Friday, May 18, 2012


It turns out my friend Jess is also into archery, and she roped in a co-worker, who then arranged for a lesson on Sunday with a guy who turned out to be the Stanford head coach. I've been meaning to arrange a lesson (though not with him), so this was perfect.

It was amazing! He did a bunch of stuff with alignment, and when I pointed out my release of the arrow had been screwy for months, he saw it immediately and tied it into the overarching alignment theme. Basically, your bow arm has to be locked, so you're minimizing the muscles involved in holding the bowstring back. Releasing the arrow means squeezing the shoulder blades together, so the arrow hand pulls through the string, which magically makes the arrow go straight. Iron-rod posture, shoulder blades together and chest forward at the end.

It's actually that simple. When I do all that, the arrow very naturally goes more or less where I want it. ("Aiming is very natural, and it's absolutely the last thing you need to think about.") a few thousand more shots and I should have it down pat.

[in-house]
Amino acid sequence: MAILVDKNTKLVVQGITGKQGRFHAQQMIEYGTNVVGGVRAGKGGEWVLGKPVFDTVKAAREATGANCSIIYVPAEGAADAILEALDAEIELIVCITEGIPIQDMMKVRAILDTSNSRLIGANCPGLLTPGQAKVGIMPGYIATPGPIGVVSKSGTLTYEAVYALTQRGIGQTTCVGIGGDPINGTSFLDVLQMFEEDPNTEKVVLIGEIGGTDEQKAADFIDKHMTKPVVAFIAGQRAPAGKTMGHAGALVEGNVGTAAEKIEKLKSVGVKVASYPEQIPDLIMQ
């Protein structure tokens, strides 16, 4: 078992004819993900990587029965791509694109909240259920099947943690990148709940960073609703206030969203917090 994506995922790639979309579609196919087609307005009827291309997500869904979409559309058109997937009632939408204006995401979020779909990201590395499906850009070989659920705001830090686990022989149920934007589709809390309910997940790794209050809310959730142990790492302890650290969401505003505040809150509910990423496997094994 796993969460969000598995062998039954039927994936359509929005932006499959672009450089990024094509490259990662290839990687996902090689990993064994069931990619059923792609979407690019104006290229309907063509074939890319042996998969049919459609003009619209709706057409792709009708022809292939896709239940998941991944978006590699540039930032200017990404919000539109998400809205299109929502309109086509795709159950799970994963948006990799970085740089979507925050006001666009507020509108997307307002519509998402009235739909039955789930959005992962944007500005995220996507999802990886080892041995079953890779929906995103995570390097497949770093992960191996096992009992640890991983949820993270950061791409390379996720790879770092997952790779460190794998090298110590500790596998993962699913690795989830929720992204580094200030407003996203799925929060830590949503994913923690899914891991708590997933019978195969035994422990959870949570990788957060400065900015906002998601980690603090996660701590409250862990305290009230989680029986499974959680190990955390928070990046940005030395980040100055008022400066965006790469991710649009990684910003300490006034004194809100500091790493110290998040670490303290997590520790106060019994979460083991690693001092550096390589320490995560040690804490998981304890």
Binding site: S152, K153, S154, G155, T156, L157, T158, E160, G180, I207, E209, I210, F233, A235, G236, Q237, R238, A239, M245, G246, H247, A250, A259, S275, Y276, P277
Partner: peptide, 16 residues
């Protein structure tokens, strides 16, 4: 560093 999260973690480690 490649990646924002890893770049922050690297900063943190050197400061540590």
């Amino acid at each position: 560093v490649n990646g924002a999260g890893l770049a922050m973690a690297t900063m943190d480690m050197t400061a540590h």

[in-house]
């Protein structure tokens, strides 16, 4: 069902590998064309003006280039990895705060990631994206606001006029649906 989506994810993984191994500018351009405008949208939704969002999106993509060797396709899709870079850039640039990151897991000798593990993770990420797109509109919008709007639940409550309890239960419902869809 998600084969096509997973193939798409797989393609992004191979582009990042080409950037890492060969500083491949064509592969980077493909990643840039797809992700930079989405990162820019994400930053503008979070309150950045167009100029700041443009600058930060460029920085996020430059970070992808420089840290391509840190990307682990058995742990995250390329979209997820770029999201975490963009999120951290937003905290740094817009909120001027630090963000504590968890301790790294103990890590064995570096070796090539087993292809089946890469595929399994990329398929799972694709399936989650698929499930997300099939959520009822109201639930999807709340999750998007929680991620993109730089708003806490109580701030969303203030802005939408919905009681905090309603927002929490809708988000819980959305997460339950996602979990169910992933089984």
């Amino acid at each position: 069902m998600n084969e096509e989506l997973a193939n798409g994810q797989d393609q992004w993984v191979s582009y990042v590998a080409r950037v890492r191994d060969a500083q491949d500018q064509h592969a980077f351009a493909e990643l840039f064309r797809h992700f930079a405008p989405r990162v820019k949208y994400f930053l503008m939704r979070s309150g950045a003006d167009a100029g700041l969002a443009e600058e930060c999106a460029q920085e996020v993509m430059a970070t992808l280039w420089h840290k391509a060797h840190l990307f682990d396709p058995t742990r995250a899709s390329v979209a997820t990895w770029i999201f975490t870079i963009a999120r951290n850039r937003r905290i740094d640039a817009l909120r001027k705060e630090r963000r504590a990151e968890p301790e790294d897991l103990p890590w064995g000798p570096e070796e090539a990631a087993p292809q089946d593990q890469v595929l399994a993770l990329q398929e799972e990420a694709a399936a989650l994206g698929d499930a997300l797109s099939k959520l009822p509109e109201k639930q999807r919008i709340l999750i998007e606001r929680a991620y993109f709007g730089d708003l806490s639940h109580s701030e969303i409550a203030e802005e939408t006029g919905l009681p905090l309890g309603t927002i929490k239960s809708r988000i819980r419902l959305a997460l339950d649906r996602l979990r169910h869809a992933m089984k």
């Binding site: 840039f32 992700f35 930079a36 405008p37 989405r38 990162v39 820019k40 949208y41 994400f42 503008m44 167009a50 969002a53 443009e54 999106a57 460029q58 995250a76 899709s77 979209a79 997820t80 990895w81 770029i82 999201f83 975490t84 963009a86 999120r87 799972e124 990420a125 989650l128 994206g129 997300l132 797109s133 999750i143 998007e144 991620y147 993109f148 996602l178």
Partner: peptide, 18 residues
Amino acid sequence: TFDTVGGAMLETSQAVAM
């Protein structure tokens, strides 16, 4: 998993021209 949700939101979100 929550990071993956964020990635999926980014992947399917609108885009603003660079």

Generally, it's impossible for us to see ourselves. We always need another person giving us feedback, whether it's a coach or a Zen teacher. Even surgeons.

I decided randomly to check craigslist for a used sight, and found a guy selling an entire Olympic archery setup: sight, stabilizers, stand, carrying bags, bow. I had to promise myself not to spend the $800 on a setup that's not necessarily right for me, but the sight seemed a safe bet. I, uh, kind of ended up buying the stabilizers too--it was all a fantastically good deal--which means I now have accessories worth far more than the bow.

As expected, my shooting isn't stable enough for the sight, but the stabilizer, which I use without a weight, makes a huge difference, much more than I expected. It balances the bow, so it takes less effort to hold it and I can focus on my body position, and it also absorbs the vibration from the shot and makes it more pleasant.

I miss aikido, but this is also fun, and takes less energy.

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